Through our imaginations, we extend and expand the possibilities of ideas and decisions. Having a creative practice can lead to a life that is unafraid of looking for what needs to be changed, and then changing it. When Albert Einstein said, "Imagination is more important than knowledge," he was asking us to understand how bringing new ideas we create for the world is more crucial than finding ways to sustain life under the decay of old templates.
I come from factory workers, people who work long, exhausting days. The factories disturbed me as a child because everyone seemed unhappy, and I wanted another kind of life as a writer. Very early, I observed how my family became extensions of machinery at their jobs for most of their waking hours, and the toll that took on their physical, spiritual and emotional lives.
As a teenager in the 1980s, I ran away to the city of Philadelphia to be a poet. For years I was writing, just as I had wanted to do, but there was something wrong, something I did not fully understand until 2005. At first, I thought that because I had begun my young adult life in the early years of the AIDS epidemic, I had become easily distracted and unable to focus my attention. So much of our time had been devoted to helping friends with basic things like delivering food and helping with doctor appointments. Then, of course, many visits to different hospitals, and then there were the funerals. I went to so many funerals I often conflate them in my mind. Maybe it is PTSD that robs me of my days, I told myself, but yet I had been working very hard in therapy on memories of trauma lodged in my mind and body.
My problem, it turned out, was learned and absorbed as a child by the factory workers who raised me. To cope with being extensions of machinery all day at work, they developed a technique of turning off the present, keeping their minds in the past or the future. The problem with such a mechanism is that they cannot easily switch it off after going home. When raised by people who have lost the present, it may take a long time to recognize what has happened, and then when we do we will need more time to discover a way of recovering the present, and for me, that is where (Soma)tic poetry rituals come in. When I listen to my family, they tell me of things that depress them about the past, or of what makes them fearful of the future. These rituals, as it turns out, do not just help me remain in the present to write poems, they also give me newly mindful days for investigating the world around me, wherever I find myself.
You, of course, do not have to be raised by factory workers to lose the present. As we increase efficiency, we increase brutality, and that vibration leaves no one untouched. We can reinvent our response to a given space, clearing the way for extraordinary access to the libraries of color, temperature, and time inside language. No matter who you are, if you fall into a ritual of art or writing for a week, that is all the time you need to realize there are brilliant parts of yourself waiting to be opened, released.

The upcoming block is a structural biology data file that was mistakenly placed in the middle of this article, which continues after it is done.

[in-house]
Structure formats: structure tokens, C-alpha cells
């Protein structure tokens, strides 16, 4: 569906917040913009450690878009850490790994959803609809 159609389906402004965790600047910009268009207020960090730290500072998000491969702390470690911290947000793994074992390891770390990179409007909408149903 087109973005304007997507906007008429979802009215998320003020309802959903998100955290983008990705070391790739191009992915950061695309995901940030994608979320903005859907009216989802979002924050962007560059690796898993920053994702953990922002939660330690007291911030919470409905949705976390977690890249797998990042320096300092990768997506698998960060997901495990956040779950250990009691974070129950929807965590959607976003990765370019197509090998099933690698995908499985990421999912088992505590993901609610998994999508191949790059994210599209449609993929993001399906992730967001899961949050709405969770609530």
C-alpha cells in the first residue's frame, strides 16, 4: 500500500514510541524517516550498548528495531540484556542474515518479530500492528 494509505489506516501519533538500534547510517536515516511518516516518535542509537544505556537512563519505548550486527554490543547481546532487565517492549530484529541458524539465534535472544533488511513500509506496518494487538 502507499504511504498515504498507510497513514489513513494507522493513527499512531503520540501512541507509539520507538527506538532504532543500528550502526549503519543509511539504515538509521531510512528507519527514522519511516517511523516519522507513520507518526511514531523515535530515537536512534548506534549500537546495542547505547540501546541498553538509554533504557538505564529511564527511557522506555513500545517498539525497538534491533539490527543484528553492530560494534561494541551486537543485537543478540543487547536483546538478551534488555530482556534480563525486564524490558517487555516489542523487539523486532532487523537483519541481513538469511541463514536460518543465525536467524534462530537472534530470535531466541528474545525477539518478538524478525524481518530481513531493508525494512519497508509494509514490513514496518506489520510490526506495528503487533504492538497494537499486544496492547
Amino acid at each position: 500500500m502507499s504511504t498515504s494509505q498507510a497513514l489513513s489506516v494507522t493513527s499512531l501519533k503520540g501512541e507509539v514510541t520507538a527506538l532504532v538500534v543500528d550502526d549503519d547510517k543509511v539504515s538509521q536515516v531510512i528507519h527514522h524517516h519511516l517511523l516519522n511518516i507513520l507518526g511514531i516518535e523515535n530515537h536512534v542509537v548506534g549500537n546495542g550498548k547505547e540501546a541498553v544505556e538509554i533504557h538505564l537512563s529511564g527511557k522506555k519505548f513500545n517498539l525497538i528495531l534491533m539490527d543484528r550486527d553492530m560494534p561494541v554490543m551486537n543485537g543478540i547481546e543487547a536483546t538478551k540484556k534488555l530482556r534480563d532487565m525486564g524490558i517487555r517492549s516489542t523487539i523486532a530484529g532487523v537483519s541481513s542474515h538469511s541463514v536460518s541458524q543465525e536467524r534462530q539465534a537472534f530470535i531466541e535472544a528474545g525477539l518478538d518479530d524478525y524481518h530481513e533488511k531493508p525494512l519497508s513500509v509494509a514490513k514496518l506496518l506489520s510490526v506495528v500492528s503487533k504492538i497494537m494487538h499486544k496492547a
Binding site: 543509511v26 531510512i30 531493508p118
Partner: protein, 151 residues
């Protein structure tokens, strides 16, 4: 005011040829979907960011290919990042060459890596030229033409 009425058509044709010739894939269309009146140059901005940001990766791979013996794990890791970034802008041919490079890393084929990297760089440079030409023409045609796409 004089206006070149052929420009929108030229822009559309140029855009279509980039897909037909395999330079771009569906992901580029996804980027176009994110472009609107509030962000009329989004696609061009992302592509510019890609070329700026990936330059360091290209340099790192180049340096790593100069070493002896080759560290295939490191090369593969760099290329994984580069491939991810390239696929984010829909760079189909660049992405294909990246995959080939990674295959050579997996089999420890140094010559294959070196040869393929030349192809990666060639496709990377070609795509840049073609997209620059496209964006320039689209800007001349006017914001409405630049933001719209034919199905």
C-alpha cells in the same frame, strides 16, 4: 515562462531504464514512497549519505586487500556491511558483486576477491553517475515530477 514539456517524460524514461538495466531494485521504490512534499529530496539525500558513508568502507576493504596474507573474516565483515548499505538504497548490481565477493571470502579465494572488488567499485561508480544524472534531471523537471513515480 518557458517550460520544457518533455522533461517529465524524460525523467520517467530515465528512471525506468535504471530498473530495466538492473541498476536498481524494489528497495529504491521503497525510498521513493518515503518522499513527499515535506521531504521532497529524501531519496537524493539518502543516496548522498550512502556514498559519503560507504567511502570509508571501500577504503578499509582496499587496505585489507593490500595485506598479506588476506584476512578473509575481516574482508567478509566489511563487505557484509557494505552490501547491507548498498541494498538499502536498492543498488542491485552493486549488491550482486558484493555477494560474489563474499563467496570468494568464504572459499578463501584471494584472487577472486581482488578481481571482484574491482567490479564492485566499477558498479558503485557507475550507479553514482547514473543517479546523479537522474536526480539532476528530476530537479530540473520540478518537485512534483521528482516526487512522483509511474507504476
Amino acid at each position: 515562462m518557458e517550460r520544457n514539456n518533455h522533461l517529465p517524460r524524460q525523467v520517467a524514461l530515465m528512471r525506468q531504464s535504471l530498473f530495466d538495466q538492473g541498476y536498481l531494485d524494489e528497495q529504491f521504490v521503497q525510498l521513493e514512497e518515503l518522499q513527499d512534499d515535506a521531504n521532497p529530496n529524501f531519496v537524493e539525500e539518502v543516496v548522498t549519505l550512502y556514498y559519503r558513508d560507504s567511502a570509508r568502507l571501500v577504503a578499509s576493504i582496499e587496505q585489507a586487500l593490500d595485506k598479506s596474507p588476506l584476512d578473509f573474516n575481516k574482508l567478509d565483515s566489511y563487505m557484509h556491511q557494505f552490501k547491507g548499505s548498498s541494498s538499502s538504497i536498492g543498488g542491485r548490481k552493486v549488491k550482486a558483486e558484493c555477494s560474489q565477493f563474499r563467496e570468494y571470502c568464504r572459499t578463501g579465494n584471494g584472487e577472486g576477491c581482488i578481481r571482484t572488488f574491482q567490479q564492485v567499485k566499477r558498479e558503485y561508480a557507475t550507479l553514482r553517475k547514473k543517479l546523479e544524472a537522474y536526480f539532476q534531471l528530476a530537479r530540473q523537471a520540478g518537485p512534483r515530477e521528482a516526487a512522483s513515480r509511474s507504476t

Creating a poem is more important to me than having written poems. From 1975 to 2005, I wrote poems through the old fashioned method of being inspired. There was no shortage of awe, and I found that the more I wrote, the more fantastic the world revealed itself to be, channeling constant inspiration into me. In 2005 I finally discovered this coping mechanism I had learned from my factory working family, a device that tended to make me as depressed and anxious as they are. Realizing the loss of the present was a crisis. It took nearly a month to develop the idea of (Soma)tic poetry rituals to anchor me in what I call an "extreme present," meaning I cannot think about anything except the ritual when I am writing inside it. The ease and simplicity of the solution gave me all I needed to realize there is creative viability in everything around me at all times.
(Soma)tics attune the mind through a steady supply of physical application, driving the language toward the Soma inside the Somatic. The rituals where the writing occurs are capable of connecting us to all consciously enacted ritualistic behavior from the past and future. To me it is the opposite of time travel, it is the halting of time, it is the collapsing of the walls separating us from where we have been, where we are going, and beyond. And this is in the best sense of the word "ritual," the ritual to find the energy lines under our feet and fire rituals to acknowledge the mysterious and fastened 98.6 degrees Fahrenheit inside every human being no matter where we live.
For the first ritual in 2005 I ate a single color of food for 7 days, and I also wore the color. At the end of the first day after eating only red food and wearing a long red wig with the right side in curls, and the left side straight, I reflected on how my attention and writing had been kept present, unlike anything I had previously experienced. I also realized that without the ritual, I would have never written that poem at any other time for any other reason. (Soma)tic rituals orchestrate the space of the writing, which has an extraordinary effect on how the language constructs itself into the resulting architecture. Any additional ingredient in the ritual, or shift of an existing ingredient will also alter the poem.
It is through our connection to ritual where the experience is horizontal, where we can imbibe with everyone living and dead and with people yet to be. The poet Robert Desnos has a line, "the living and the dead give in and wave to me." This is a place where poetry is capable of taking us, a real place where all of time is suddenly present. Rituals can reconnect us to one another and the natural cycles of life and help put an end to our alienation from the planet. Rituals for creating poems have the power to change us in ways we have yet to fully explore. I completely believe in the strength of poetry!